The structure of the paper is as follows: In Section 2, we present and analyse the various models with respect to stability and nonstationary behaviour. Section 3 provides examples of prey models as well as prey-predator interactions while in Section 4 we unify and discuss the results.

#### 2. Model(s), Fixed Points, and Stability

Let and be the immature and mature part of the prey population at time , respectively, and let be the predator population. and , such that and , are the fractions of the immature population and the mature (adult) population that survive from time to time . , with , is the fraction of the immature population that survives to become mature one time unit (year) later and , , is the density dependent fecundity. Depending on the species under consideration, may account for crowding effects, effects linked to shortage of food, and for some species it may also incorporate cannibalistic behaviour. Further, it is assumed that predation will take place only on the young of the part year, , of the prey population. This is accounted for by the term where measures the skill of predation. The constant , , may be interpreted as a conversion of prey into predator, or clutch parameter, the following year (see [18]). The relation between , and at two consecutive time steps may then be given as a map:When , (1) degenerates to the prey map:Note that (2) has a striking similarity to the general stage-structured model proposed and analysed in [10]. The difference is found in the density dependent term.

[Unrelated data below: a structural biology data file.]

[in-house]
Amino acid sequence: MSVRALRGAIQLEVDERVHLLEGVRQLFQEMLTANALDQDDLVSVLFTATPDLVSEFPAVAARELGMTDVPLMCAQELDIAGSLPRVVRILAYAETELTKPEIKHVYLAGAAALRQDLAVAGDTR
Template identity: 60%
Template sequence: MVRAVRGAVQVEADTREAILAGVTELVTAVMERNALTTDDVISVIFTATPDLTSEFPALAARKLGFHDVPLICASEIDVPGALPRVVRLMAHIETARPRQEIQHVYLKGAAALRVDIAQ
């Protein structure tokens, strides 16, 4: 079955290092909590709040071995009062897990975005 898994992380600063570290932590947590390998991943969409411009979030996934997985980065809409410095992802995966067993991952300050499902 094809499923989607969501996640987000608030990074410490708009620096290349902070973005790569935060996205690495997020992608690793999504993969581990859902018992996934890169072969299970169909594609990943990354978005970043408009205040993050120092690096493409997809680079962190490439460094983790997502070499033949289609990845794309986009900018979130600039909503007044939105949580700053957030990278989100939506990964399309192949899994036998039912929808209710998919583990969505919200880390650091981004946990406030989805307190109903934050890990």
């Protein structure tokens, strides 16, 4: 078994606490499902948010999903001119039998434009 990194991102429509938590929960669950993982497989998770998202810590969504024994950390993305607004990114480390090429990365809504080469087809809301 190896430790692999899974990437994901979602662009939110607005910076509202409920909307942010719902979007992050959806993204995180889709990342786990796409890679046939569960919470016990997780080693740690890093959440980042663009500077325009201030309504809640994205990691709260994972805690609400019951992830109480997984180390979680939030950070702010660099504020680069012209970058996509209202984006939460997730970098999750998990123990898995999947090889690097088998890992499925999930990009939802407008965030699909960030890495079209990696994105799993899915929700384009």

By adjusting the size of the parameters, it is easy to see that (2) covers species that possess different life histories. Indeed, following [10], if , the population is semelparous (i.e., reproducing only once). If , the population is iteroparous (repeated reproduction). The subclass , is often referred to as precocious semelparity which covers species with rapid development followed by only one reproduction, for example, biennials and annual plants (see [11]). Delayed semelparity occurs when and . Typical examples are periodical cicadas [11, 23], and several salmon species that live for many years before they become mature and reproduce only once. We may also divide the iteroparous case into two subclasses. The subclass , , is classified as precocious iteroparity and covers several small mammals species, among them small rodent species that start to reproduce at young age and may survive to reproduce for several years. The fourth subclass, delayed iteroparity, is characterized by , , which covers species which may live long before maturity and then survive to reproduce for many years. In this subclass, we find large mammals. Consequently, (2) may be used in order to capture the dynamics of a wide range of (prey) populations, and the role and impact of predation on newborns and young individuals are then analysed by (1).

We start by revealing some properties of (2). There are two fixed points, the trivial one and the nontrivial one:whereand in order for (3) to be a feasible fixed point (equilibrium), we assume . Moreover, by use of stability analysis, it is straightforward to show that is stable provided . Therefore, the restriction ensures both that the origin is a repeller and that (3) is feasible.